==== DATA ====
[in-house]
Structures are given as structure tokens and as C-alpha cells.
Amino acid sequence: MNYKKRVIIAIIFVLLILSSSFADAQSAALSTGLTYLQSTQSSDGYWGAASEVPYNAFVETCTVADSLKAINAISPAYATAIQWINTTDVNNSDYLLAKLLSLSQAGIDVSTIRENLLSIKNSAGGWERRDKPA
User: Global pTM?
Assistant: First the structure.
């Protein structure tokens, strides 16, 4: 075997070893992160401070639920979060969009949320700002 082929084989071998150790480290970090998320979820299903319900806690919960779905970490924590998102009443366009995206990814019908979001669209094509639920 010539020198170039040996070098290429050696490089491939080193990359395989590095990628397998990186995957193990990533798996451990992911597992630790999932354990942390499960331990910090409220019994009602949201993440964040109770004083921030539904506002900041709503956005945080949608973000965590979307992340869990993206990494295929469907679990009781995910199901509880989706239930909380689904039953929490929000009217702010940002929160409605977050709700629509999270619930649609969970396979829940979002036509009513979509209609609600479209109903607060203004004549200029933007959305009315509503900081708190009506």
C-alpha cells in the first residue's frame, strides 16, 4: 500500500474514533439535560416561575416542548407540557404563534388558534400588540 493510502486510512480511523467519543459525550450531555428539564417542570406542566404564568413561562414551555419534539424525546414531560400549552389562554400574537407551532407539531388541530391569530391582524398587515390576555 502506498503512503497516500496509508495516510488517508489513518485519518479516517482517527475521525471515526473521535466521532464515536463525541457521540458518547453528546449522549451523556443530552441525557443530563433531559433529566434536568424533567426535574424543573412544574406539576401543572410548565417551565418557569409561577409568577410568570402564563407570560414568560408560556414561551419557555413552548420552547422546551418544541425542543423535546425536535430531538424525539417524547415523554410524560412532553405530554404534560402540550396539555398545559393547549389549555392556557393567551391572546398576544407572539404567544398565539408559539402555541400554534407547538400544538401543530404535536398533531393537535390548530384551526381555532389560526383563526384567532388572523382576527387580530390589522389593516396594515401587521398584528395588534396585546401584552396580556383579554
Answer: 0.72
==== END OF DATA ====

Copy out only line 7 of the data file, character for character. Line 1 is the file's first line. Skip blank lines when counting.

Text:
C-alpha cells in the first residue's frame, strides 16, 4: 500500500474514533439535560416561575416542548407540557404563534388558534400588540 493510502486510512480511523467519543459525550450531555428539564417542570406542566404564568413561562414551555419534539424525546414531560400549552389562554400574537407551532407539531388541530391569530391582524398587515390576555 502506498503512503497516500496509508495516510488517508489513518485519518479516517482517527475521525471515526473521535466521532464515536463525541457521540458518547453528546449522549451523556443530552441525557443530563433531559433529566434536568424533567426535574424543573412544574406539576401543572410548565417551565418557569409561577409568577410568570402564563407570560414568560408560556414561551419557555413552548420552547422546551418544541425542543423535546425536535430531538424525539417524547415523554410524560412532553405530554404534560402540550396539555398545559393547549389549555392556557393567551391572546398576544407572539404567544398565539408559539402555541400554534407547538400544538401543530404535536398533531393537535390548530384551526381555532389560526383563526384567532388572523382576527387580530390589522389593516396594515401587521398584528395588534396585546401584552396580556383579554